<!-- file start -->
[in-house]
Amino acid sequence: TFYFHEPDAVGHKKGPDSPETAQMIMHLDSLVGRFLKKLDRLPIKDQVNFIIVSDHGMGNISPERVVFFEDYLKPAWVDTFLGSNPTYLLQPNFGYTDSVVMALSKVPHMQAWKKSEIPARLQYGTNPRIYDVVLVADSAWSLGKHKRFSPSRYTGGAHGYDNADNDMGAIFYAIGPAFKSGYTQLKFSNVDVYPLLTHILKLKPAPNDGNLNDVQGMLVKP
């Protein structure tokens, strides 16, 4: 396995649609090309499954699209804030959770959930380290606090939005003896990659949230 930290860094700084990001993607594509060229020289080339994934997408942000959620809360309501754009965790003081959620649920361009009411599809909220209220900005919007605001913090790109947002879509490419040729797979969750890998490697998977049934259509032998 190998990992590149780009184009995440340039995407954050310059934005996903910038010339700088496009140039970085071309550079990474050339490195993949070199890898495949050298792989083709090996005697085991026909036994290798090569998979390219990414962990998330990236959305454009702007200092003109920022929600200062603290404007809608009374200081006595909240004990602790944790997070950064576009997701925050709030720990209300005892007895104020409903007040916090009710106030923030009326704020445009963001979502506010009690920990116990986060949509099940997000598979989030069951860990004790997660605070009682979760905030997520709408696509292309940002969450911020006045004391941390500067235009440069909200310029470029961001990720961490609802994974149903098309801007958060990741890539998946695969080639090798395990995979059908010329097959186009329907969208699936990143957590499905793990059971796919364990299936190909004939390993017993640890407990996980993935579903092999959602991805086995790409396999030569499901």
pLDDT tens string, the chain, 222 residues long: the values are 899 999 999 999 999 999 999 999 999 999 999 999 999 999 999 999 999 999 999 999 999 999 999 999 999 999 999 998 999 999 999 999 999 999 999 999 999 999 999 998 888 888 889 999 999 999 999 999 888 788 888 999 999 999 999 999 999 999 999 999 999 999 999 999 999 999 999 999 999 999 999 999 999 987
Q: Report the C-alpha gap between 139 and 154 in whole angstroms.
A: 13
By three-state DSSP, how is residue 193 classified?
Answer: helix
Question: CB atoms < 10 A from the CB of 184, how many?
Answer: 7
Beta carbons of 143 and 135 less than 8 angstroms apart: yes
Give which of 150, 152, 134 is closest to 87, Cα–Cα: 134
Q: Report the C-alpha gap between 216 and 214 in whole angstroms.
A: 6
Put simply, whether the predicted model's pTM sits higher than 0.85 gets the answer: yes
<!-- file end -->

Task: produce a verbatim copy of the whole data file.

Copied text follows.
[in-house]
Amino acid sequence: TFYFHEPDAVGHKKGPDSPETAQMIMHLDSLVGRFLKKLDRLPIKDQVNFIIVSDHGMGNISPERVVFFEDYLKPAWVDTFLGSNPTYLLQPNFGYTDSVVMALSKVPHMQAWKKSEIPARLQYGTNPRIYDVVLVADSAWSLGKHKRFSPSRYTGGAHGYDNADNDMGAIFYAIGPAFKSGYTQLKFSNVDVYPLLTHILKLKPAPNDGNLNDVQGMLVKP
């Protein structure tokens, strides 16, 4: 396995649609090309499954699209804030959770959930380290606090939005003896990659949230 930290860094700084990001993607594509060229020289080339994934997408942000959620809360309501754009965790003081959620649920361009009411599809909220209220900005919007605001913090790109947002879509490419040729797979969750890998490697998977049934259509032998 190998990992590149780009184009995440340039995407954050310059934005996903910038010339700088496009140039970085071309550079990474050339490195993949070199890898495949050298792989083709090996005697085991026909036994290798090569998979390219990414962990998330990236959305454009702007200092003109920022929600200062603290404007809608009374200081006595909240004990602790944790997070950064576009997701925050709030720990209300005892007895104020409903007040916090009710106030923030009326704020445009963001979502506010009690920990116990986060949509099940997000598979989030069951860990004790997660605070009682979760905030997520709408696509292309940002969450911020006045004391941390500067235009440069909200310029470029961001990720961490609802994974149903098309801007958060990741890539998946695969080639090798395990995979059908010329097959186009329907969208699936990143957590499905793990059971796919364990299936190909004939390993017993640890407990996980993935579903092999959602991805086995790409396999030569499901």
pLDDT tens string, the chain, 222 residues long: the values are 899 999 999 999 999 999 999 999 999 999 999 999 999 999 999 999 999 999 999 999 999 999 999 999 999 999 999 998 999 999 999 999 999 999 999 999 999 999 999 998 888 888 889 999 999 999 999 999 888 788 888 999 999 999 999 999 999 999 999 999 999 999 999 999 999 999 999 999 999 999 999 999 999 987
Q: Report the C-alpha gap between 139 and 154 in whole angstroms.
A: 13
By three-state DSSP, how is residue 193 classified?
Answer: helix
Question: CB atoms < 10 A from the CB of 184, how many?
Answer: 7
Beta carbons of 143 and 135 less than 8 angstroms apart: yes
Give which of 150, 152, 134 is closest to 87, Cα–Cα: 134
Q: Report the C-alpha gap between 216 and 214 in whole angstroms.
A: 6
Put simply, whether the predicted model's pTM sits higher than 0.85 gets the answer: yes